Opened 7 years ago

Last modified 9 months ago

#7106 new project

Write "how to be nice to the Tor network" spec

Reported by: arma Owned by:
Priority: Medium Milestone: Tor: unspecified
Component: Core Tor/Tor Version:
Severity: Normal Keywords: SponsorZ tor-client tor-spec documentation wiki intro
Cc: cass Actual Points:
Parent ID: Points:
Reviewer: Sponsor:

Description

In talking to Jake, I realized that there are still some people who expect jtor to be a workable Tor client one day. In fact, we've even been writing some funding proposals that make this assumption.

One of the main issues we're going to have with an alternate Tor client is that while it may follow our network specs, it will have different observable behavior than the mainline Tor client.

First, this different behavior will make users partitionable. Fine, we can accept that. But we should finish writing path-spec.txt so authors of other clients can have at least a chance of doing things the way "real" Tor does.

Second, it's easy to make client-side decisions that harm the Tor network. For examples, you can hold your TLS connections open too long, or do too many TLS connections, or make circuits too often, or ask the directory authorities for everything. We need to write up a spec to clarify how well-behaving Tor clients should do things. Maybe that means we write up some principles along the way, or maybe we just identify every design point that matters and say what to do for each of them.

Child Tickets

Change History (9)

comment:1 Changed 7 years ago by ioerror

Indeed - if we have a spec for a tor client - even a limited on that merely exits the network (ie: no HS support at all) - we should be able to tell a person the spec and if they implemented it, we wouldn't be upset.

I don't totally agree that they will instantly be partitionable at all times. Perhaps they will be distinguishable from the C client on the path between the client and the the first hop? That seems to be the rub of a badly written spec though; if we set specific bytes in the handshake, we should spec that out, no? Once they are inside the network, I feel like the spec is not going to create a distinguisher that a middle or exit relay will notice.

comment:2 Changed 7 years ago by nickm

Keywords: tor-spec added; spec removed

Bulk-replacing "spec" and "torspec" keywords with "tor-spec".

comment:3 Changed 3 years ago by cass

Cc: cass added
Severity: Normal

This ticket is tagged SponsorZ, but it looks like progress stalled four years ago. Is this still an active issue that needs funding?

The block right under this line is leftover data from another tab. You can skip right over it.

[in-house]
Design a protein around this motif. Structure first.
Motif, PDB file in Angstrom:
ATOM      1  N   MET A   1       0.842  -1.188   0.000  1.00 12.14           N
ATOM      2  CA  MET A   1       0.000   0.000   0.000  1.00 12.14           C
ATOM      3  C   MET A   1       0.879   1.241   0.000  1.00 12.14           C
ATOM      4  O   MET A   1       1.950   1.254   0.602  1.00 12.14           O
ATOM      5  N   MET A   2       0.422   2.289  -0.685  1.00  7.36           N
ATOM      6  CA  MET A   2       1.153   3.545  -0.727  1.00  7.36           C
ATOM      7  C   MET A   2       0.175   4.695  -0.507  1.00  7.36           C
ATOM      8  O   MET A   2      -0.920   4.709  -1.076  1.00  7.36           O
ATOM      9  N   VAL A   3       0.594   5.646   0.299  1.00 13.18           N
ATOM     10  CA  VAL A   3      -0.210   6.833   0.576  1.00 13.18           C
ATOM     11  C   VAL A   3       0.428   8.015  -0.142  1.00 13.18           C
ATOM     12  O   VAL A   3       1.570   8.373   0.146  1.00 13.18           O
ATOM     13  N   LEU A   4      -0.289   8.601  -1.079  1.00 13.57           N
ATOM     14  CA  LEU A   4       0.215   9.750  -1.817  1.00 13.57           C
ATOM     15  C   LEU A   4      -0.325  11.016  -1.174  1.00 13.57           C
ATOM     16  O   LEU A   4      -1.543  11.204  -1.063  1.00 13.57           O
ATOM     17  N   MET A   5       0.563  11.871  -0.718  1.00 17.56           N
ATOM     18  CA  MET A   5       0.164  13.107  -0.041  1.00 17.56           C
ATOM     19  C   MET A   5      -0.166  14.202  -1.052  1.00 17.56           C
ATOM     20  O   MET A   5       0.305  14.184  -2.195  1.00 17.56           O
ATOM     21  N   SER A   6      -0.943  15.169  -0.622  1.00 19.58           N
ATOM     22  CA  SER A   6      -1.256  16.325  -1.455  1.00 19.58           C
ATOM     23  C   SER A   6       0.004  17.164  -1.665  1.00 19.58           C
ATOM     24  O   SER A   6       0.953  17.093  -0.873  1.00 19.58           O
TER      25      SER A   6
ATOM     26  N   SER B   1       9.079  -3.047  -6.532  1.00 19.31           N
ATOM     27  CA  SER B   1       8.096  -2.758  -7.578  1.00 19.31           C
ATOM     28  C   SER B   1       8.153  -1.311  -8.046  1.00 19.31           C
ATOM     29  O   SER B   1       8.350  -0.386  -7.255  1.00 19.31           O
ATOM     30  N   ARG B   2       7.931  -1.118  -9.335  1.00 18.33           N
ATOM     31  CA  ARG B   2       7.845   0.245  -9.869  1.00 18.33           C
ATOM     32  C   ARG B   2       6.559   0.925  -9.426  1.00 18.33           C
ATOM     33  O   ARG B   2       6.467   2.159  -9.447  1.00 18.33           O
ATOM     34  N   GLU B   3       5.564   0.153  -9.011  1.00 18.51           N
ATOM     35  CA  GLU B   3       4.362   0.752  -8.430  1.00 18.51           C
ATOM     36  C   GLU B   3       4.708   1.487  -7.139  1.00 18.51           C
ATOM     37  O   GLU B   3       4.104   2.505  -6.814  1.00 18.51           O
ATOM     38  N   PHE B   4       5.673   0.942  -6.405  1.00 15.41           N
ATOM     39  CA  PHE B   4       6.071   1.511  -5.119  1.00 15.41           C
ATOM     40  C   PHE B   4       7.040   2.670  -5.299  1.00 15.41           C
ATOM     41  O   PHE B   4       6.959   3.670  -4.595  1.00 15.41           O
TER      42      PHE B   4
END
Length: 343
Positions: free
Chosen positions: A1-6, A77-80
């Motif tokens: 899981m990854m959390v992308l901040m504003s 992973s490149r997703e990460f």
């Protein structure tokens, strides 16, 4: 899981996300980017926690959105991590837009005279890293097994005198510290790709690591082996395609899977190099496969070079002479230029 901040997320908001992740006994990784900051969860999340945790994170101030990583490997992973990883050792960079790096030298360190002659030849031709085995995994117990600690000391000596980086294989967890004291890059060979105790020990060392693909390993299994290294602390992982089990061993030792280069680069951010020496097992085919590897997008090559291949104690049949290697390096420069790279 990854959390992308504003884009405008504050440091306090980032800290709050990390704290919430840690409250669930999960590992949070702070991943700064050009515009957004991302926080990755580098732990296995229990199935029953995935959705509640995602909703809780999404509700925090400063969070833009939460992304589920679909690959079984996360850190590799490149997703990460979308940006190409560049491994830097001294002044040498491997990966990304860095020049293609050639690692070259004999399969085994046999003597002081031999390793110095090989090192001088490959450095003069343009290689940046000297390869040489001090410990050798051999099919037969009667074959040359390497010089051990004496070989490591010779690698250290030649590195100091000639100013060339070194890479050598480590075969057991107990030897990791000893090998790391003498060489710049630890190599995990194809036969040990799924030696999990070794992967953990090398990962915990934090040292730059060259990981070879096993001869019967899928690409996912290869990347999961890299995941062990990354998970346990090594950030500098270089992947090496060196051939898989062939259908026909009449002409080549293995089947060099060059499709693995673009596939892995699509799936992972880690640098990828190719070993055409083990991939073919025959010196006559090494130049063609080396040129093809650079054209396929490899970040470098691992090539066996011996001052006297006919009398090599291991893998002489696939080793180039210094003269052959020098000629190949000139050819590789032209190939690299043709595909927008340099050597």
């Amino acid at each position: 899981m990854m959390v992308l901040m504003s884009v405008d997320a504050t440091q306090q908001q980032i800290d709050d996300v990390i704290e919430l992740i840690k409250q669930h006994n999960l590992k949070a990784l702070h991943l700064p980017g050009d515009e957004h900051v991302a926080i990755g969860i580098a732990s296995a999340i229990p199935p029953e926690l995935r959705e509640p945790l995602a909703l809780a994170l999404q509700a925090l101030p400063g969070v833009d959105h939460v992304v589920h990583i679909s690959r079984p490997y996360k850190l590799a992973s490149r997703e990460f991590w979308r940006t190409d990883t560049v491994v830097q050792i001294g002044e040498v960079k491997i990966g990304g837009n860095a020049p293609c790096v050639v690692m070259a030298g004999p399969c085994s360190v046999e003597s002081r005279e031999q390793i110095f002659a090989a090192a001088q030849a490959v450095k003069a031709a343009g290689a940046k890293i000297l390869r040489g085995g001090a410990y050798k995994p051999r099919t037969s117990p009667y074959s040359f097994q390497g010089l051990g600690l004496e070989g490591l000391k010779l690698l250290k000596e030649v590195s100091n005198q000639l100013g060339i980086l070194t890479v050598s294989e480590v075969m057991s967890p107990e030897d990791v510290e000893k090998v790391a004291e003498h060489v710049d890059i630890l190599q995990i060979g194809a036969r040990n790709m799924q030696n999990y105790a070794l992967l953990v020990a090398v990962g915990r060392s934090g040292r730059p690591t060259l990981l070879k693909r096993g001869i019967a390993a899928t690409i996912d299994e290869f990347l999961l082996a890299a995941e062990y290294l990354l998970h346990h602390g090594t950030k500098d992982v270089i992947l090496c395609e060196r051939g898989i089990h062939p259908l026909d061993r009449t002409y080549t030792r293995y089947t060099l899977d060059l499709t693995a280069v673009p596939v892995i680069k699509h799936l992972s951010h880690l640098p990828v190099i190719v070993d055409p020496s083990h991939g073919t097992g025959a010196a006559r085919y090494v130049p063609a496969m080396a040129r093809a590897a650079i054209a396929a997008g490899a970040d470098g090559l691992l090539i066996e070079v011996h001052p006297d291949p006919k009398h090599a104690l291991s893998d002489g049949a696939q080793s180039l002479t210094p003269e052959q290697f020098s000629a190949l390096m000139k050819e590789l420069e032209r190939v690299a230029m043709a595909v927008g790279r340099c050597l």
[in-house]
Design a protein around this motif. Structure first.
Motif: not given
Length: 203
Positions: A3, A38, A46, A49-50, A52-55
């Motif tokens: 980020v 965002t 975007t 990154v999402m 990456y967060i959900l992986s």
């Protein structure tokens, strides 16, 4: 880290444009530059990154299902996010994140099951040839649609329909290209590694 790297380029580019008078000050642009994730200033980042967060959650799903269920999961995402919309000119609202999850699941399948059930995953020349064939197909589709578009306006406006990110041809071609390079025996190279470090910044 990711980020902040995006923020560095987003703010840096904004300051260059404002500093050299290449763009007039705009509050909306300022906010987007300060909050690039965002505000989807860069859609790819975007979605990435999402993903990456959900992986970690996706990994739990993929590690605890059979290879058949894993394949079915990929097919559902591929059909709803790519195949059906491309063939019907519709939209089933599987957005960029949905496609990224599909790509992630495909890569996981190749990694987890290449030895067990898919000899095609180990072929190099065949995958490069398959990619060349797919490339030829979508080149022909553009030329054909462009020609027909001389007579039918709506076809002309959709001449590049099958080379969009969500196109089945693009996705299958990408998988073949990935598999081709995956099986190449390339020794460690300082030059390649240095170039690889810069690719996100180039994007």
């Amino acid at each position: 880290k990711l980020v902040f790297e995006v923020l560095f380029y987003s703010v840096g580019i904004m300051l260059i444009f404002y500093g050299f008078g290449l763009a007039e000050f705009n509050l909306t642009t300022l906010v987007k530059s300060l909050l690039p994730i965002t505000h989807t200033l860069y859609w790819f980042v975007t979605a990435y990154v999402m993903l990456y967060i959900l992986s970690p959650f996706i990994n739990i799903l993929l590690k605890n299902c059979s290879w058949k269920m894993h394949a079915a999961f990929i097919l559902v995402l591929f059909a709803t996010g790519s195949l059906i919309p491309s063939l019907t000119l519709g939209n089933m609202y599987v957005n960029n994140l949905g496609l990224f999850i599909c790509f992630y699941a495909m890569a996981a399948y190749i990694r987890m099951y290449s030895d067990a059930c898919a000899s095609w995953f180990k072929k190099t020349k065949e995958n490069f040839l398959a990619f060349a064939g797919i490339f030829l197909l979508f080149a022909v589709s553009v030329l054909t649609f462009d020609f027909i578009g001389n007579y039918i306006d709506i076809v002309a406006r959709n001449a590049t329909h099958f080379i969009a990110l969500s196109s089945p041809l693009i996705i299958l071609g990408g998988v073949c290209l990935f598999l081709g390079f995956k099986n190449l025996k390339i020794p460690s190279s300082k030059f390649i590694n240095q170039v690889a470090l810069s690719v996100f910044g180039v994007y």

comment:4 Changed 3 years ago by nickm

I think this could use funding -- especially as part of an initiative to support or develop alternative tor implementations.

comment:5 Changed 3 years ago by arma

I agree with Nick that this is a great topic to work on. First it would help for alternative Tor implementations, but second it would bolster our habits of documenting and specifying our assumptions (we're already known for trying to be detailed and open and transparent, and this would be a great further step), and third I bet we would uncover some surprises that would make us think harder about ways to improve our design.

That said, this is the sort of topic that only a few people can do most usefully (e.g. Nick and me), since "think about all the assumptions you made while designing those parts of Tor, and try to write them down" isn't something a new developer can pick up and do by herself. So we should think carefully about the timing of a funding proposal for this one, so we don't fall into the trap of having funding for three Nicks and being surprised and sad that we only have one Nick.

comment:6 Changed 3 years ago by cypherpunks

"how to be nice to the Tor network"

lurk and surf

comment:7 Changed 3 years ago by nickm

Keywords: documentation wiki intro added

comment:8 Changed 2 years ago by arma

If we're smart, we'll do some of this work during the Rust transition anyway, since "remember why you built it that way, and explain that to the developer who's reimplementing it" is much of the way to "and document it".

Bonus points if, as we're doing it, we figure out some sort of structured way to capture these past insights in a way that is easily accessible for future developers.

comment:9 Changed 9 months ago by emmapeel

Is this ticket maybe meant for the community portal?

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